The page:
The spinors

We have seen that if we take a vector \pmb{v} and reflect it with respect to the vector \pmb{a} and then to the vector \pmb{b} (in this order) we obtain a rotation of the vector of an angle double the one between \pmb {a} and \pmb{b} (in that order).

Algebraically it is a question of applying reflection twice with respect to a vector, with the known sandwich product: v '= b (ava ^ {-1}) b^{-1} = (ba) v (ba) ^ {-1} = e^{- i \alpha} ve^{i \alpha}

So if we want a rotation equal to \alpha we will have to use a rotor e^{i \frac {\alpha} {2}} which was named spinor by Wolfgang Pauli for the reason that we will see shortly.

So we have this strange equality:

\begin{equation}e^{-i\frac{\alpha}{2}} v e^{i\frac{\alpha}{2}} = (-e^{-i\frac{\alpha}{2}}) v (-e^{i\frac{\alpha}{2}})

from which we deduce that the two rotations e^{i\frac{\alpha}{2}} e -e^{i\frac{\alpha}{2}} represent the same rotation but in two opposite directions:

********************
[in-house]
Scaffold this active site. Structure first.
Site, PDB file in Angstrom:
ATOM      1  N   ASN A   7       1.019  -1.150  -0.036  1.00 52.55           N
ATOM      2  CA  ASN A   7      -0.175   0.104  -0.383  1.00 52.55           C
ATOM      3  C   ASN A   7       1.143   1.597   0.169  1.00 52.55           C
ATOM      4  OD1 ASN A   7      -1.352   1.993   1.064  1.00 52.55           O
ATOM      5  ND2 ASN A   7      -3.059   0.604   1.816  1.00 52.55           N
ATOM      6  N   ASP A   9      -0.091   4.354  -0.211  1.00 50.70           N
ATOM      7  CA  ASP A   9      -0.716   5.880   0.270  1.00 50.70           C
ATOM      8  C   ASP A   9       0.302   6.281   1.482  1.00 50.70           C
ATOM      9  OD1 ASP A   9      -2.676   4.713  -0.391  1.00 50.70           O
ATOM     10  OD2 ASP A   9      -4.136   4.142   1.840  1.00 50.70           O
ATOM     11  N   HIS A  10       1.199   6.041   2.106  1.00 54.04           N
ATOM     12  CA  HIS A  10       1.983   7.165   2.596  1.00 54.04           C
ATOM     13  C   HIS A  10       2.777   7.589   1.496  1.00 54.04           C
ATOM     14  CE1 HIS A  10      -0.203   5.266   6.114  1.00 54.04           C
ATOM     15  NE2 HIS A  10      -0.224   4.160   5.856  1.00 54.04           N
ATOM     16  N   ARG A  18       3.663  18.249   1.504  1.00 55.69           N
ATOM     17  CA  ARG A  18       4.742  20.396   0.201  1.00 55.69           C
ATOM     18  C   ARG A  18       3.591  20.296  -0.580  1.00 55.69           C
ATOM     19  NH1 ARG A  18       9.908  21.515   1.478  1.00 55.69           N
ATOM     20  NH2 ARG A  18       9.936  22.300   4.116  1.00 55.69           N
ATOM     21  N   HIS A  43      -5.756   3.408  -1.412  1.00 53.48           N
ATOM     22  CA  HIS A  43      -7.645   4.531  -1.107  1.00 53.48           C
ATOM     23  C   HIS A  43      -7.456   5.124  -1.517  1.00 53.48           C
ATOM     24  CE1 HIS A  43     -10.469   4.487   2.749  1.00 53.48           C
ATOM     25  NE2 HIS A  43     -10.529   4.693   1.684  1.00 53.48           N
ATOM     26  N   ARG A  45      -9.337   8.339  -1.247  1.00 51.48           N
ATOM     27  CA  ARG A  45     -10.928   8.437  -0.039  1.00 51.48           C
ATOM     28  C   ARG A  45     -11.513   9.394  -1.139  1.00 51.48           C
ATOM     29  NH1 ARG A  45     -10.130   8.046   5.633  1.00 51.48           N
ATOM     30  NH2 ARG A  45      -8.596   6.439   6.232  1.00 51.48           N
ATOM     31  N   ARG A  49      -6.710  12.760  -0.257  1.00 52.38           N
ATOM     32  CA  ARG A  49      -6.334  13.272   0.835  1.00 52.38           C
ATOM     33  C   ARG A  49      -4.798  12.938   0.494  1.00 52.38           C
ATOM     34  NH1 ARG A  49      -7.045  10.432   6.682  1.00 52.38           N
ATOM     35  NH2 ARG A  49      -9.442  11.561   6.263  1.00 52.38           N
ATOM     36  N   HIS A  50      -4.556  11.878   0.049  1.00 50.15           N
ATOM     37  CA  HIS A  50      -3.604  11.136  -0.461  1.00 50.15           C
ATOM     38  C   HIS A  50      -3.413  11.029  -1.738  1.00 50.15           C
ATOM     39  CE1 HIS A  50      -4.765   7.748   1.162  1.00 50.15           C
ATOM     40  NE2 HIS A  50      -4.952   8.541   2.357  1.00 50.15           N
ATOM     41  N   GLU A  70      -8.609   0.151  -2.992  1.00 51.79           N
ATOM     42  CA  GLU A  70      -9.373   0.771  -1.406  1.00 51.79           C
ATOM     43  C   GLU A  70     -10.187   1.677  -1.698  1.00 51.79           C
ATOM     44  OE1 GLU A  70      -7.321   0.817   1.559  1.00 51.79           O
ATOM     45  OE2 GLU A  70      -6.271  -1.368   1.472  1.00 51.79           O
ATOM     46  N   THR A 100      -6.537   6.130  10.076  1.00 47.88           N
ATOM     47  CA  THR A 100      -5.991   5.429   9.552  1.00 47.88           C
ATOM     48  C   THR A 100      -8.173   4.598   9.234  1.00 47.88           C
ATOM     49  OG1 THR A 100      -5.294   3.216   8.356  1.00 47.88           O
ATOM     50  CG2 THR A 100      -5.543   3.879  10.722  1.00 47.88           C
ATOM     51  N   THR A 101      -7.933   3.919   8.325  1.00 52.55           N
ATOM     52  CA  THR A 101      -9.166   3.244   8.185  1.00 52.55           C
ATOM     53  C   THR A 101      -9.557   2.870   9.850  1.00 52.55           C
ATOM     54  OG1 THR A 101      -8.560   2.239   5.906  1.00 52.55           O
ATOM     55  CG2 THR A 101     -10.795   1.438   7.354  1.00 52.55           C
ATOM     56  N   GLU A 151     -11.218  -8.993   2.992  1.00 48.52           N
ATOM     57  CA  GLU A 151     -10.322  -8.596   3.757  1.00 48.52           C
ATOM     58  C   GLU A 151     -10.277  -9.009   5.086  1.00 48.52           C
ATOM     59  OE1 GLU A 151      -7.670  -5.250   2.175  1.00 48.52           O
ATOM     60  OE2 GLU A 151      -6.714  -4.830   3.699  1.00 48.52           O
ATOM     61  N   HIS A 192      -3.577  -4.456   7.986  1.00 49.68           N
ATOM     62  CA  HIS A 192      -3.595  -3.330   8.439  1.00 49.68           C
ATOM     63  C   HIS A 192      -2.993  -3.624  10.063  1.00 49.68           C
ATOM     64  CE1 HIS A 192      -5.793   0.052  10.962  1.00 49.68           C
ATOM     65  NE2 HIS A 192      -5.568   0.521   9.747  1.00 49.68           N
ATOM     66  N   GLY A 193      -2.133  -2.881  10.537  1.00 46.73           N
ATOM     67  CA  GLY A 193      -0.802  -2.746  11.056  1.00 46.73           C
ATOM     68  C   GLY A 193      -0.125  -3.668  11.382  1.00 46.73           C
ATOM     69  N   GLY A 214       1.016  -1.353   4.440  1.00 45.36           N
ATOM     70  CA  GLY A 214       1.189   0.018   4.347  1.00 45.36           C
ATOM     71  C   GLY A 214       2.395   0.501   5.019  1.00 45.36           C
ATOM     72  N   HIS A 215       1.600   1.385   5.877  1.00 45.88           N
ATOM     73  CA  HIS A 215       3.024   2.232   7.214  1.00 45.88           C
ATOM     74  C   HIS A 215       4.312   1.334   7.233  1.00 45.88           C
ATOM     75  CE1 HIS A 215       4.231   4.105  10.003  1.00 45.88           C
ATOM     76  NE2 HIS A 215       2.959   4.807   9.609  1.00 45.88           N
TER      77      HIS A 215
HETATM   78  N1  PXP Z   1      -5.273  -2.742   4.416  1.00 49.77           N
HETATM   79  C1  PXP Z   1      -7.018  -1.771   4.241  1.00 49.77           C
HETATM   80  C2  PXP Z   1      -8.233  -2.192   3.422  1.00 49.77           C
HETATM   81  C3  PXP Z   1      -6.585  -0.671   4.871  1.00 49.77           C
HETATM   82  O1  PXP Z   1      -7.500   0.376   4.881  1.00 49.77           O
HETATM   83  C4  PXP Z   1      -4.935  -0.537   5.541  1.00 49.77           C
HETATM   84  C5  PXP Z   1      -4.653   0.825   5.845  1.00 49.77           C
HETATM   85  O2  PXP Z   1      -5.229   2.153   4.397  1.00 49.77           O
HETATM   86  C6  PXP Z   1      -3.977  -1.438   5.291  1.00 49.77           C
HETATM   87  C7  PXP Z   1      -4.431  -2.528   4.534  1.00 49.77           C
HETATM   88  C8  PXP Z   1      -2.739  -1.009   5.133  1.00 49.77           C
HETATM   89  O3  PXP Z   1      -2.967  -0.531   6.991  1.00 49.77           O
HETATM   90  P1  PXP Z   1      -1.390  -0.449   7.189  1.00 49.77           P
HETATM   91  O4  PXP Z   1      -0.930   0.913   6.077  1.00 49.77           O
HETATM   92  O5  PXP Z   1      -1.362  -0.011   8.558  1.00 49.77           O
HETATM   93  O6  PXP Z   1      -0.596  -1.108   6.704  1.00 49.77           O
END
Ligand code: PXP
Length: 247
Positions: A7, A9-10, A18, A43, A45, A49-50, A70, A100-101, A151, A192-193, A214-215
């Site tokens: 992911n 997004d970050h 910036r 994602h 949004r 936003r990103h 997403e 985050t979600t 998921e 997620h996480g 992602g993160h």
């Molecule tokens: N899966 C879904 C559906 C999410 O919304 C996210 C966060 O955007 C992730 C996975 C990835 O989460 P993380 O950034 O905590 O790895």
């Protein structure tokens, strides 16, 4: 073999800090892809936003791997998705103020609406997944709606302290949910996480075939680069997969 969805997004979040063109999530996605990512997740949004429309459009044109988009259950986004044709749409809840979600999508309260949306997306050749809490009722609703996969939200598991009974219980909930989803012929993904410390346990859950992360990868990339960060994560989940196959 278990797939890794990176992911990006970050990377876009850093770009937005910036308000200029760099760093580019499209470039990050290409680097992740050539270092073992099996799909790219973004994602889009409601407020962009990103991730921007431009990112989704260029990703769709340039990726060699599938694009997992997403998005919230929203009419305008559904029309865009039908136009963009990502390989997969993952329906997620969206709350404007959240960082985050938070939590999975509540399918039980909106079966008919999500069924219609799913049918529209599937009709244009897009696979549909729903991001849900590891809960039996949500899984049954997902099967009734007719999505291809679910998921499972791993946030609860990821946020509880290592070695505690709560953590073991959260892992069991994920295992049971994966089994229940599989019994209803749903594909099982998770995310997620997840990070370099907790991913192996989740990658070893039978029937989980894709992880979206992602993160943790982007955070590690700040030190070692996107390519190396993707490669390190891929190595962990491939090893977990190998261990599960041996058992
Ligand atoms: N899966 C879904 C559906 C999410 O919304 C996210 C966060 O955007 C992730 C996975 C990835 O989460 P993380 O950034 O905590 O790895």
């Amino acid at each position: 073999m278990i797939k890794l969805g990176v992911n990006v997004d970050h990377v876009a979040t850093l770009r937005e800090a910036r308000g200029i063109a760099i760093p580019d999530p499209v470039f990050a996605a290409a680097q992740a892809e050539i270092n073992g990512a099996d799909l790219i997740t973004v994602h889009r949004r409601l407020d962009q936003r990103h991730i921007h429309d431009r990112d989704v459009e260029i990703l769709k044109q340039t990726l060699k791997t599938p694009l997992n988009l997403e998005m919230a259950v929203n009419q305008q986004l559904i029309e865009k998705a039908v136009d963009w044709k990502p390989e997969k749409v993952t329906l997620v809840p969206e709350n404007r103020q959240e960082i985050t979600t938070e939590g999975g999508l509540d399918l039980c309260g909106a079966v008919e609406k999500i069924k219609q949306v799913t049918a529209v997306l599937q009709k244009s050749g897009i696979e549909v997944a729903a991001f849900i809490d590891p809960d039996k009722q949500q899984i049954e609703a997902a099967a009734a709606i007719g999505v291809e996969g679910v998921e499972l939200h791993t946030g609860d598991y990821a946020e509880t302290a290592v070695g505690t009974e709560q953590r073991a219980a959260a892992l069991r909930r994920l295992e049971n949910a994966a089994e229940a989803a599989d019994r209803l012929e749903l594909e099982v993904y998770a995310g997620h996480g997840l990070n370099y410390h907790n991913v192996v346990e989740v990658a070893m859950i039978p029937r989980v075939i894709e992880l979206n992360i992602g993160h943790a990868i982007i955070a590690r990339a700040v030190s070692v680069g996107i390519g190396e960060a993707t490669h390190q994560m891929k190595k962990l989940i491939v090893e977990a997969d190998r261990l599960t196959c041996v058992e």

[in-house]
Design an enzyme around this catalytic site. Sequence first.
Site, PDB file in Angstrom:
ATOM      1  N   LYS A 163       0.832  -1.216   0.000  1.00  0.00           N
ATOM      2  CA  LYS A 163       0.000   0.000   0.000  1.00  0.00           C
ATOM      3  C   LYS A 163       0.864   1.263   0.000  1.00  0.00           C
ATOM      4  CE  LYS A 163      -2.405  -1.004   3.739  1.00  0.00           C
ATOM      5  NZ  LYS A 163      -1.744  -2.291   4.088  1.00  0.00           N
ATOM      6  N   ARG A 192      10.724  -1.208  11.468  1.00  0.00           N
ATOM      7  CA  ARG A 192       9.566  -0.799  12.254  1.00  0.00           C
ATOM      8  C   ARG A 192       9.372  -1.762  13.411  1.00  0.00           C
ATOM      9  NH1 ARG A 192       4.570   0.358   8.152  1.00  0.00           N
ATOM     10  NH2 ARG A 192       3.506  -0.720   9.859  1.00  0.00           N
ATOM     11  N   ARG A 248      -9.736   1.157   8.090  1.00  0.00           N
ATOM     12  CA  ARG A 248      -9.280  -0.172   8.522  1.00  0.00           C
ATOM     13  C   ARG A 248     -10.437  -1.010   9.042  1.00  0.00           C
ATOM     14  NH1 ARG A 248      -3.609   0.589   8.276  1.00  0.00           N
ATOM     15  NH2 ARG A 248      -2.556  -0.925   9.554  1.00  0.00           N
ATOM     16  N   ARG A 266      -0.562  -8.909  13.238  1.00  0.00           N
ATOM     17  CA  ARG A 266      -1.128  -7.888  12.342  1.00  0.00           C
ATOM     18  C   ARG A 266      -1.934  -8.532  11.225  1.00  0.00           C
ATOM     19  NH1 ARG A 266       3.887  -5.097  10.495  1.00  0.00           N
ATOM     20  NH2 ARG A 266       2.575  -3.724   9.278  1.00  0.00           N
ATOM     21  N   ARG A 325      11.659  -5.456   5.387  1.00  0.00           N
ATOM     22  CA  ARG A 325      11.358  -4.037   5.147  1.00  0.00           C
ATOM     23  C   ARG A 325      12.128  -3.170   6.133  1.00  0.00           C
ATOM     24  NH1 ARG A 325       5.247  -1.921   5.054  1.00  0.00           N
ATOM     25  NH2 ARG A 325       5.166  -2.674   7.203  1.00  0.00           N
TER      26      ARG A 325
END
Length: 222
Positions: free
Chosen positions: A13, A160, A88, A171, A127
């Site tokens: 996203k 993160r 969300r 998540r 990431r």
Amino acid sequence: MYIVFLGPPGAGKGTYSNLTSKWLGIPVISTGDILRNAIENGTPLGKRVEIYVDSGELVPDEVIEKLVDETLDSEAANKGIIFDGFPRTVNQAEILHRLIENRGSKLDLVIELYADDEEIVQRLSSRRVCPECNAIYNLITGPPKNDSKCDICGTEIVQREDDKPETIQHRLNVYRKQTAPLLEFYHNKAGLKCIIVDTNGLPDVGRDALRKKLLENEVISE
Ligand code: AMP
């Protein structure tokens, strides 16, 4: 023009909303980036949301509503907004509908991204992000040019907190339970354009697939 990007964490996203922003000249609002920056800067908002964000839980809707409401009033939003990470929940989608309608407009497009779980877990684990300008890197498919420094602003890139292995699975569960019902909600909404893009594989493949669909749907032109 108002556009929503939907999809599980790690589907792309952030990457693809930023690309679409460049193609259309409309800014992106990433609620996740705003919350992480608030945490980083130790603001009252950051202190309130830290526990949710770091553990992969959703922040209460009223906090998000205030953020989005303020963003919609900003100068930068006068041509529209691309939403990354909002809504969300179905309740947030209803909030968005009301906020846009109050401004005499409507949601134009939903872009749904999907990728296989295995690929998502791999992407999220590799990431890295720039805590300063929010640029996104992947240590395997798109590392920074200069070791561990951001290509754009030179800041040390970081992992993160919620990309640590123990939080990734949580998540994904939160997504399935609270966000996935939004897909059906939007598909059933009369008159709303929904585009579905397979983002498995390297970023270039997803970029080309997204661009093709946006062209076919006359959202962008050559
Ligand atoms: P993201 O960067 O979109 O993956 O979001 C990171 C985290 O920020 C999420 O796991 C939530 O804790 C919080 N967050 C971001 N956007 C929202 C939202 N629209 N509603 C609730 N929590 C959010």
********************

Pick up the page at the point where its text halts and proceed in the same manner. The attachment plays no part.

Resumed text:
• e^{i\frac{\alpha}{2}} represents the counter-clockwise rotation in the range \alpha\in[0;2\pi]
  • - e^{i\frac{\alpha}{2}} represents the clockwise rotation in the interval \alpha\in[2\pi;4\pi] given that:
    -e^{i\frac{\alpha}{2}} = -1 e^{i\frac{\alpha}{2}} = e^{i\pi}e^{i\frac{\alpha}{2}} = e^{i\frac{2\pi+\alpha}{2}}

But e^{i\frac{\alpha+4\pi}{2}} = e^{i\frac{\alpha}{2}} so spinors have a 4\pi period !
If spinors seem strange to you … it is because they are!

It is carved into everyone’s beliefs that an object returns to its initial state after a rotation of 2 \pi, but this time we are dealing with an object that returns to itself after two rotations.
This weirdness can be demonstrated with Dirac’s trick of the saucer or the belt, which will leave the spectators astounded as if it were a magic show.

This makes the half-integer spin of electrons a little less strange, after all.